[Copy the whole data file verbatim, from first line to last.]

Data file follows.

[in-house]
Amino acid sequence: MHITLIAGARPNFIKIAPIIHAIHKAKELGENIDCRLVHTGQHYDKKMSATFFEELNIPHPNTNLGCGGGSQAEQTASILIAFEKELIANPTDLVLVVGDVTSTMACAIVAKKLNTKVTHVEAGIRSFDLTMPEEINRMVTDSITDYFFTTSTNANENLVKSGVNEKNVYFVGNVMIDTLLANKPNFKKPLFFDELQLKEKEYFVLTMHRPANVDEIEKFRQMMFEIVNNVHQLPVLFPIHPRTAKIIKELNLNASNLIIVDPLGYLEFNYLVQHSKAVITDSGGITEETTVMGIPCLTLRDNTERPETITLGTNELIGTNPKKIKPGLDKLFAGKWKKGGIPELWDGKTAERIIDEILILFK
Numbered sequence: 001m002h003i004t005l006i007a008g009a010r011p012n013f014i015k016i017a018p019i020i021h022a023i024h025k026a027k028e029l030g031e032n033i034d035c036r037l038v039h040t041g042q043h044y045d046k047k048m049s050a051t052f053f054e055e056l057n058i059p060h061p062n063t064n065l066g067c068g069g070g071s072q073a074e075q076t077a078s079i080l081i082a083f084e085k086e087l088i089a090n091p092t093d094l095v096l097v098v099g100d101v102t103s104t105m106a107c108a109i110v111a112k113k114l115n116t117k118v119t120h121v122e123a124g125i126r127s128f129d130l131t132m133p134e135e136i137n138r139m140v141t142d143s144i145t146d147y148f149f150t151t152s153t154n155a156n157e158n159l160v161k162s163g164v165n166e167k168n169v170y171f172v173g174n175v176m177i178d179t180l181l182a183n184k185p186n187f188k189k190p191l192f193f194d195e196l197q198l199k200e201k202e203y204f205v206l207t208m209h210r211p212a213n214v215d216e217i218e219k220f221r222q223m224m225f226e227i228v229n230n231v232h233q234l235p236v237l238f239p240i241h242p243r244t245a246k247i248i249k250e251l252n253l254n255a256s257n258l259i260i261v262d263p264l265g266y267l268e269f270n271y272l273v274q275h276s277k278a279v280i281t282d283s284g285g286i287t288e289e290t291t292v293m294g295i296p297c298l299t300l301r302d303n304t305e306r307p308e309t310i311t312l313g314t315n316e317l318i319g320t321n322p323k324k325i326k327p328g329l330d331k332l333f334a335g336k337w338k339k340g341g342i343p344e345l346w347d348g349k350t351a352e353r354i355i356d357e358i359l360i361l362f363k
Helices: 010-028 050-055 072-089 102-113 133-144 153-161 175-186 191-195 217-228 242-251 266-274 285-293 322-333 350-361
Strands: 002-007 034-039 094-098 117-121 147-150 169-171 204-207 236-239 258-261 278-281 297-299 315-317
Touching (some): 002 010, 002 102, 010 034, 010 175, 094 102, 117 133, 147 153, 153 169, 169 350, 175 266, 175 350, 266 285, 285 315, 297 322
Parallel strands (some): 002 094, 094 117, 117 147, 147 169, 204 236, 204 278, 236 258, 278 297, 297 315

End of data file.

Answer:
[in-house]
Amino acid sequence: MHITLIAGARPNFIKIAPIIHAIHKAKELGENIDCRLVHTGQHYDKKMSATFFEELNIPHPNTNLGCGGGSQAEQTASILIAFEKELIANPTDLVLVVGDVTSTMACAIVAKKLNTKVTHVEAGIRSFDLTMPEEINRMVTDSITDYFFTTSTNANENLVKSGVNEKNVYFVGNVMIDTLLANKPNFKKPLFFDELQLKEKEYFVLTMHRPANVDEIEKFRQMMFEIVNNVHQLPVLFPIHPRTAKIIKELNLNASNLIIVDPLGYLEFNYLVQHSKAVITDSGGITEETTVMGIPCLTLRDNTERPETITLGTNELIGTNPKKIKPGLDKLFAGKWKKGGIPELWDGKTAERIIDEILILFK
Numbered sequence: 001m002h003i004t005l006i007a008g009a010r011p012n013f014i015k016i017a018p019i020i021h022a023i024h025k026a027k028e029l030g031e032n033i034d035c036r037l038v039h040t041g042q043h044y045d046k047k048m049s050a051t052f053f054e055e056l057n058i059p060h061p062n063t064n065l066g067c068g069g070g071s072q073a074e075q076t077a078s079i080l081i082a083f084e085k086e087l088i089a090n091p092t093d094l095v096l097v098v099g100d101v102t103s104t105m106a107c108a109i110v111a112k113k114l115n116t117k118v119t120h121v122e123a124g125i126r127s128f129d130l131t132m133p134e135e136i137n138r139m140v141t142d143s144i145t146d147y148f149f150t151t152s153t154n155a156n157e158n159l160v161k162s163g164v165n166e167k168n169v170y171f172v173g174n175v176m177i178d179t180l181l182a183n184k185p186n187f188k189k190p191l192f193f194d195e196l197q198l199k200e201k202e203y204f205v206l207t208m209h210r211p212a213n214v215d216e217i218e219k220f221r222q223m224m225f226e227i228v229n230n231v232h233q234l235p236v237l238f239p240i241h242p243r244t245a246k247i248i249k250e251l252n253l254n255a256s257n258l259i260i261v262d263p264l265g266y267l268e269f270n271y272l273v274q275h276s277k278a279v280i281t282d283s284g285g286i287t288e289e290t291t292v293m294g295i296p297c298l299t300l301r302d303n304t305e306r307p308e309t310i311t312l313g314t315n316e317l318i319g320t321n322p323k324k325i326k327p328g329l330d331k332l333f334a335g336k337w338k339k340g341g342i343p344e345l346w347d348g349k350t351a352e353r354i355i356d357e358i359l360i361l362f363k
Helices: 010-028 050-055 072-089 102-113 133-144 153-161 175-186 191-195 217-228 242-251 266-274 285-293 322-333 350-361
Strands: 002-007 034-039 094-098 117-121 147-150 169-171 204-207 236-239 258-261 278-281 297-299 315-317
Touching (some): 002 010, 002 102, 010 034, 010 175, 094 102, 117 133, 147 153, 153 169, 169 350, 175 266, 175 350, 266 285, 285 315, 297 322
Parallel strands (some): 002 094, 094 117, 117 147, 147 169, 204 236, 204 278, 236 258, 278 297, 297 315